At the rearward end of the trailer 20 there are a pair of opposed vertically disposed reel lifting and carrying members 98. Each of these members 98 is slide mounted for vertical movement in a vertically oriented stationary slideway member 100 welded at its lower end to the base frame member 26. Each slideway member 100 is desirably in the form of a U-shaped channel member which faces inwardly. Each slideway member 100 is welded along its lower portion to the wheel well 101 and at its upper edge portion to the rear end of a diagonally oriented supporting member 102, which is welded at its forward location to the base frame 26. Each reel lifting and carrying member 98 is welded at its upper end to the upper end of a vertically oriented hydraulic jack 103 made up of a lower piston 104 and an upper cylinder 106 to which the member 98 is welded. The lower end of each piston 104 is welded to the frame 24 just forward of the connecting location of its related slideway member. The two jacks 103 move the members 98 vertically and help to maintain them in a vertical position.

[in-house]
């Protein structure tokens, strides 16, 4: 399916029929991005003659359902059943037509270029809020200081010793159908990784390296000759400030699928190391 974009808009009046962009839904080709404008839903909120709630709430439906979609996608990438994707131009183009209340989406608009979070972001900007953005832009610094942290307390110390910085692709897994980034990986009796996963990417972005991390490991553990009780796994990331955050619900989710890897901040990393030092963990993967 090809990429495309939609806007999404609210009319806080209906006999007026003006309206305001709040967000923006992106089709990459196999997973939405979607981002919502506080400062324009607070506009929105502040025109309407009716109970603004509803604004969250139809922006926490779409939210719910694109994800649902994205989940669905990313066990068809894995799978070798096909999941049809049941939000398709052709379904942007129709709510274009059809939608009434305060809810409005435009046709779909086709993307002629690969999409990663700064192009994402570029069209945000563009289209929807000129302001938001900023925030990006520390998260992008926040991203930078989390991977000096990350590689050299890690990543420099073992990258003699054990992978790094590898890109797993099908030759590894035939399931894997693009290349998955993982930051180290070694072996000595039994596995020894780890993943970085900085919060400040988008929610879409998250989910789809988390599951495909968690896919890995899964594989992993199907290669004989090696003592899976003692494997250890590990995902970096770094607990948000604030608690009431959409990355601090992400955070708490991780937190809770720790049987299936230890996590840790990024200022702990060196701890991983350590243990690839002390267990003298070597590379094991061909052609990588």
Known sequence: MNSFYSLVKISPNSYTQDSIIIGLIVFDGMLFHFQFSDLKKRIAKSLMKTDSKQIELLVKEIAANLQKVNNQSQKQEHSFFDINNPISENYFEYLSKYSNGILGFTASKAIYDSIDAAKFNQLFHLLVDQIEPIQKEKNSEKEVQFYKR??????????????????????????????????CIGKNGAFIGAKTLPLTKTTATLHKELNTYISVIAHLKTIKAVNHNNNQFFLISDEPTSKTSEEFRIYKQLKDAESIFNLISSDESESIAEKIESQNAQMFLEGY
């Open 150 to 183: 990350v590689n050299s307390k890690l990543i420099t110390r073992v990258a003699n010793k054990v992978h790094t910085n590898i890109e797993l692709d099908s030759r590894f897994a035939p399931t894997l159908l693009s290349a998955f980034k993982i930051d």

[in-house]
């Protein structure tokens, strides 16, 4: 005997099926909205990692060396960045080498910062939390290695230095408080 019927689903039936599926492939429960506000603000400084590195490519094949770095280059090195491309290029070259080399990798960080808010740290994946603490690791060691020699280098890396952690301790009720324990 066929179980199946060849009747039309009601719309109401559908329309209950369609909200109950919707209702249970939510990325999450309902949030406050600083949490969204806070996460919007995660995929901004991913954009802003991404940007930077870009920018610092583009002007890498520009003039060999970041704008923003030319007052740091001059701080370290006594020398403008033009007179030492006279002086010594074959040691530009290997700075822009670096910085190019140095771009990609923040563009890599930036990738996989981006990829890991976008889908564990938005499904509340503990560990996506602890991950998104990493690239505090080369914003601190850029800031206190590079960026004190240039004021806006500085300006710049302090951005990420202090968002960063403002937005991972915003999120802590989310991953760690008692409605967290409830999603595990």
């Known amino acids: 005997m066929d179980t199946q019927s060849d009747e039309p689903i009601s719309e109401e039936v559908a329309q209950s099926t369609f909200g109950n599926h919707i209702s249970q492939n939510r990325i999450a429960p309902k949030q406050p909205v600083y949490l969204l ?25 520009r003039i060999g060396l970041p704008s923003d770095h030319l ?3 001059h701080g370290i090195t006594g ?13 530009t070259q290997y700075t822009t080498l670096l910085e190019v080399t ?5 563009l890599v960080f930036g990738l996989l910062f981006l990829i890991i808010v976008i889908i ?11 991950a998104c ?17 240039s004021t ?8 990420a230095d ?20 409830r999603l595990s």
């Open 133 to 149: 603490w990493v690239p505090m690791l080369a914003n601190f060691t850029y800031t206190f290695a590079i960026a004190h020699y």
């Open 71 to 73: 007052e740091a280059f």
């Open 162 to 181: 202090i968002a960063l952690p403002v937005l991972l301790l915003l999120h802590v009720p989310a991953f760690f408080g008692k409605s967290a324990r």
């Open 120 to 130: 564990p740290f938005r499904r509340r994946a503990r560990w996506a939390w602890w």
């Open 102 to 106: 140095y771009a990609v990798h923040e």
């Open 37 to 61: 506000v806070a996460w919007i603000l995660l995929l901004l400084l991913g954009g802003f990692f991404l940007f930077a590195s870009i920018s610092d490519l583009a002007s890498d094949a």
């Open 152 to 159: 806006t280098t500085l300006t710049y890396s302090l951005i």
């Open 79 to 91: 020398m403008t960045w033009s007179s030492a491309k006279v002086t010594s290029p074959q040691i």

Each member 98 provides a plurality of vertically arrayed receiving areas 108, each of which is constructed as a five-sided member having no inwardly facing wall. The rearwardly facing wall of each area 108 is comprised of a removable gate 110 hinge-mounted at its lower end at 112 to the lower end of its related member 98. Each gate 110 may be swung rearwardly and downwardly to expose each of the receiving areas 108. Each gate 110 may be secured at its upper end to the upper end of the member 98 with a pin 114. The top and bottom of each receiving area 108 (except for the uppermost and lowermost receiving area) are defined by horizontal plate members 116 welded to the front and outer facing walls 118 and 120 respectively of its related member 98. These two walls 118 and 120 are joined one to another in the form of a vertically oriented angle iron having two flanges at right angles to one another. In order to secure a reel-supporting shaft 42 within the receiving area 108, the gate 110 is lowered as shown in broken lines in FIG. 1, a reel 22 with a shaft 42 therethrough is rolled between the members 98 (or the trailer 20 is backed into position around a reel 22) with the shaft 42 coming into opposing receiving areas 108 of each member 98. The gate 110 is thereafter raised and secured with the pin 114 so that the shaft 42 is retained securely within the receiving area 108.